Computerworld weekly threat wrap-up

14 April, 2010

Comment from the vendors

Mayur Kulkarni, <h2>Symantec

The Indian Premier League 2010 is a huge attraction for the cricket-crazy population in India. These matches are packed with all the ingredients to entertain, and are capable of satisfying viewers’ hunger for more and more cricket matches. People are ready to buy tickets in all possible ways just to watch their local and international cricket stars play. Symantec was anticipating a spamming campaign against ticket sales during the initial period of the sporting extravaganza; however, it is just halfway through the event and still not too late to lure email users with offers related to IPL tickets.

Symantec has now come across few spam samples that offer free tickets/passes to the recipients. In return, users need to register on a website. After registering with this website, spammers claim that users may receive a free IPL ticket through a lucky draw.

Fabio Assolini, <h2>Kaspersky Lab

An interesting and unknown feature used by sysadmins around the world in some large corporate networks is the use of proxy-auto config (pac) files. This benign feature is accepted by all modern browsers and is described in detail here. It contains a function to redirect your connection to a specific proxy server.

Unfortunately this simple and smart proxy technique are (sic) being largely used by brazilian malware writers to redirect infected users to malicious hosts serving phishing pages of financial institutions. A .pac script URL is configured in the browser, in the field “Use automatic configuration script”.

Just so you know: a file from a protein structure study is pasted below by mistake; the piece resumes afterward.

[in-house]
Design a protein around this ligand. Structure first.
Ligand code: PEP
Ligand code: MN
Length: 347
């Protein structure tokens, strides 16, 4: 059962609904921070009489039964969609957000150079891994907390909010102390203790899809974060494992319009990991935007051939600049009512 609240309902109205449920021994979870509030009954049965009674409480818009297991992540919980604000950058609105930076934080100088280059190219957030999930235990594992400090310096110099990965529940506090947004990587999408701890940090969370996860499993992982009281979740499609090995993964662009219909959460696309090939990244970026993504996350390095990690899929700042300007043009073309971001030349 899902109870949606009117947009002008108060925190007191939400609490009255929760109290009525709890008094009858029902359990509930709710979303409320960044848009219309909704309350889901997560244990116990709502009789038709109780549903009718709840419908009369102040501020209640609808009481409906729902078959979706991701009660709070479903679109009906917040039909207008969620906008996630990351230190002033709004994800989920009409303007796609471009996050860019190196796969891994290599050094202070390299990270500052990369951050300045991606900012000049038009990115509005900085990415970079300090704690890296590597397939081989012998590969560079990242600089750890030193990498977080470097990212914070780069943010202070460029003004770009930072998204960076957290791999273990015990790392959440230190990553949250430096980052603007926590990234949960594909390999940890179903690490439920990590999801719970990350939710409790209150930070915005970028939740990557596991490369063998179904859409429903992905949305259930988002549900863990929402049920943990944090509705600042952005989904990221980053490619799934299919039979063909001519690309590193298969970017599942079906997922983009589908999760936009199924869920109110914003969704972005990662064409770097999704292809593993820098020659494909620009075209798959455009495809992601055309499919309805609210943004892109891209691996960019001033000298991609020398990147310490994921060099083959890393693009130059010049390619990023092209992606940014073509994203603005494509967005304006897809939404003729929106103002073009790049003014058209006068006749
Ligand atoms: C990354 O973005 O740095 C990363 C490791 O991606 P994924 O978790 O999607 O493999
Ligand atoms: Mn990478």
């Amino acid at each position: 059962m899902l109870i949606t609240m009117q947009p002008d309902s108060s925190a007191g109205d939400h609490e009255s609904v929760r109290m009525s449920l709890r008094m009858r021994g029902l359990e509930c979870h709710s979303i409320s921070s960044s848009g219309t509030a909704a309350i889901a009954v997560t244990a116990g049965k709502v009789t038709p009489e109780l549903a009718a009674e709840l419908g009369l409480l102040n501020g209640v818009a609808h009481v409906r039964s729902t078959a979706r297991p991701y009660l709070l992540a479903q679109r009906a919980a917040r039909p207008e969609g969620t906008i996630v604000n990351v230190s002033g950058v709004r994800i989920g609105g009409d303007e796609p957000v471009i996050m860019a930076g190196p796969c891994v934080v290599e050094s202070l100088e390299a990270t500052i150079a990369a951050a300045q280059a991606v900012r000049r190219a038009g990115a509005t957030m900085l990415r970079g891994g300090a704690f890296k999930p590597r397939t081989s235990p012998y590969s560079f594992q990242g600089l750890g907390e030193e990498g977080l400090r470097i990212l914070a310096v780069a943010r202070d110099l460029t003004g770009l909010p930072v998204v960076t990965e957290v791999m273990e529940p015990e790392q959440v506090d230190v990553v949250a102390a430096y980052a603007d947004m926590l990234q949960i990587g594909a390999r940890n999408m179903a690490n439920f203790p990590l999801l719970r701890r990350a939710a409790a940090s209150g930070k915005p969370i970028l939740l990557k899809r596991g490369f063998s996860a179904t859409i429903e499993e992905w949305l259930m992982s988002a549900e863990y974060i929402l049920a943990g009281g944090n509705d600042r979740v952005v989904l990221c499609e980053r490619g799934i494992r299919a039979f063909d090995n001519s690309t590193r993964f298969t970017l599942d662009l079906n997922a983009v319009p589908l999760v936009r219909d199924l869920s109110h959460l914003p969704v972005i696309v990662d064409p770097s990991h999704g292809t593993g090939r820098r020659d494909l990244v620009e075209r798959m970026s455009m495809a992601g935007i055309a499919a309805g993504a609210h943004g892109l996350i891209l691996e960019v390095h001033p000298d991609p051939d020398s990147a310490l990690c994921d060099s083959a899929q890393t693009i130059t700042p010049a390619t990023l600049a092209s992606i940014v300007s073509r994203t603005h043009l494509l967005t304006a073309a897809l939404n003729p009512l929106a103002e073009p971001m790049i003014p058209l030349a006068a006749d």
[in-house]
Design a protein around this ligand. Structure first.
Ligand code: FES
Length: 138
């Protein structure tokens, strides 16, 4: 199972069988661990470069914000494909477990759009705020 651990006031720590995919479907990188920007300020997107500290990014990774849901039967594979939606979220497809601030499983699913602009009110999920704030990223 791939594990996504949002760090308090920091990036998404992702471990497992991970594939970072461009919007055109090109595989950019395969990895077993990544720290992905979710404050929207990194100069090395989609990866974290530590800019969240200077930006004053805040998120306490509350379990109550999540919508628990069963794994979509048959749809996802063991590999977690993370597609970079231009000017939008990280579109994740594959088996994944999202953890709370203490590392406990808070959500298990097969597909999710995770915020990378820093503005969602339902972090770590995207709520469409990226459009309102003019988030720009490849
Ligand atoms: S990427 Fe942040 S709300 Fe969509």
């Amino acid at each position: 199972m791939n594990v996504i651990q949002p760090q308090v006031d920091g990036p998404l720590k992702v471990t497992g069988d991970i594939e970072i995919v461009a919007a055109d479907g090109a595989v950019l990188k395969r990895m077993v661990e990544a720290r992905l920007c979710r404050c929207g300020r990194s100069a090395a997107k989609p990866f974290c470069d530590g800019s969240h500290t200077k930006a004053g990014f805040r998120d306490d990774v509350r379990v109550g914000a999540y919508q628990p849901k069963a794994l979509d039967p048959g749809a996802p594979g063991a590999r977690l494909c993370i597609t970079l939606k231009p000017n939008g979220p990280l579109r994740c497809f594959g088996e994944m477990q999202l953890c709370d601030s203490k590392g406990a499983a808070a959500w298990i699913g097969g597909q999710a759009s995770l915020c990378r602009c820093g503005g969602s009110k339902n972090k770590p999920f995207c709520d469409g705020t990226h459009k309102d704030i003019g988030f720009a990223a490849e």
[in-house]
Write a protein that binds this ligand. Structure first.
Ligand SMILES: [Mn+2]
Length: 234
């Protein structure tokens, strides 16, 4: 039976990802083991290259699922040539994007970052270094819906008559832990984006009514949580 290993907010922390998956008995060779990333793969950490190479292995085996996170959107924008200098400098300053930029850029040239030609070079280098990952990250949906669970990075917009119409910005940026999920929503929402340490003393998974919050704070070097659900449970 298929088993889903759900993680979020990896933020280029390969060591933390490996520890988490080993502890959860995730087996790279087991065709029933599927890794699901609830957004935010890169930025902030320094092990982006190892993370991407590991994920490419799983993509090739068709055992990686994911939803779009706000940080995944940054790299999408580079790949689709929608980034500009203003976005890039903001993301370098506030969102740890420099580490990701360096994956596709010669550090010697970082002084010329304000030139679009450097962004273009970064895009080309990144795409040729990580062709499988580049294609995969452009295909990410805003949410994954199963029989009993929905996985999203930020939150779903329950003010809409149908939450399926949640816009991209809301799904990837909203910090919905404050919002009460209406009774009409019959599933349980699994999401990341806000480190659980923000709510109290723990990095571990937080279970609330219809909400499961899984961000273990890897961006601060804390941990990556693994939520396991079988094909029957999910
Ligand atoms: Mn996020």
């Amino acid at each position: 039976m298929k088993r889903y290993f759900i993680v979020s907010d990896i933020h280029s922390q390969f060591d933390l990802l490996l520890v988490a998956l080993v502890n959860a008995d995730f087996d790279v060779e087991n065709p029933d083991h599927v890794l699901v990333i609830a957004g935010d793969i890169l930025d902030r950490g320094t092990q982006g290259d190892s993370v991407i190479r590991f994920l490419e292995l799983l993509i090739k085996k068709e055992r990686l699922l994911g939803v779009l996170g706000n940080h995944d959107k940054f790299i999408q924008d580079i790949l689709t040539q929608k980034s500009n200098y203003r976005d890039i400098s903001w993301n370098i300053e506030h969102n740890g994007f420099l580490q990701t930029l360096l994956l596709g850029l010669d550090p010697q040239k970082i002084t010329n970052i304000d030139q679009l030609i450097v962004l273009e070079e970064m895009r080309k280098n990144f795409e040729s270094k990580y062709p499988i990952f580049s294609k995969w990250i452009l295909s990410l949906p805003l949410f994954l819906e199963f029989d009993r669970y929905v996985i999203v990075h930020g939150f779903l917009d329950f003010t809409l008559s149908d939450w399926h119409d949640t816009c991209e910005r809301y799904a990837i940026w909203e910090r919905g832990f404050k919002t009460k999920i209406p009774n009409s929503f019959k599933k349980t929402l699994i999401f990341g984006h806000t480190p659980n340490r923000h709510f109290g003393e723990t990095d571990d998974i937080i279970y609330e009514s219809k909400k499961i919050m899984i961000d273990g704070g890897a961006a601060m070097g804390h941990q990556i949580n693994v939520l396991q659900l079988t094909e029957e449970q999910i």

After being infected by a Trojan banker, if a user tries to access some of the websites listed in the script, they will be redirected to a phishing domain hosted at the malicious proxy server.

A lot of the Brazilian malware is using this trick nowadays. Not only Internet Explorer users are affected, but also users of Firefox and Chrome. The malware changes the file prefs.js, inserting the malicious proxy in it.

And finally to make sure the malicious proxy will be not removed by the user, a malicious DLL is inserted on initialization by rundll32.exe to always rewrite the proxy, if removed.

David Peterson,

Trend Micro

Earthquakes, Lawsuits Spam, Kids’ Choice Awards, Moscow bombings, Adobe Spoofs and IM attacks [There is a] rising popularity among hackers to exploit public interest in natural occurrences, disasters and social events. These days, our instinct is to use the Internet to direct us to the latest news on worldwide events, however, it’s becoming clear that cybercriminals will target and take advantage of this interest and curiosity for malicious gains in every way possible. Users should be wary of sophisticated tricks linking to familiar software like Adobe Acrobat, and on high alert for attacks via instant-messenger applications which are increasingly popular. We also recommend particular vigilance around periods of heightened attack, for example when youth-targeted events occur.

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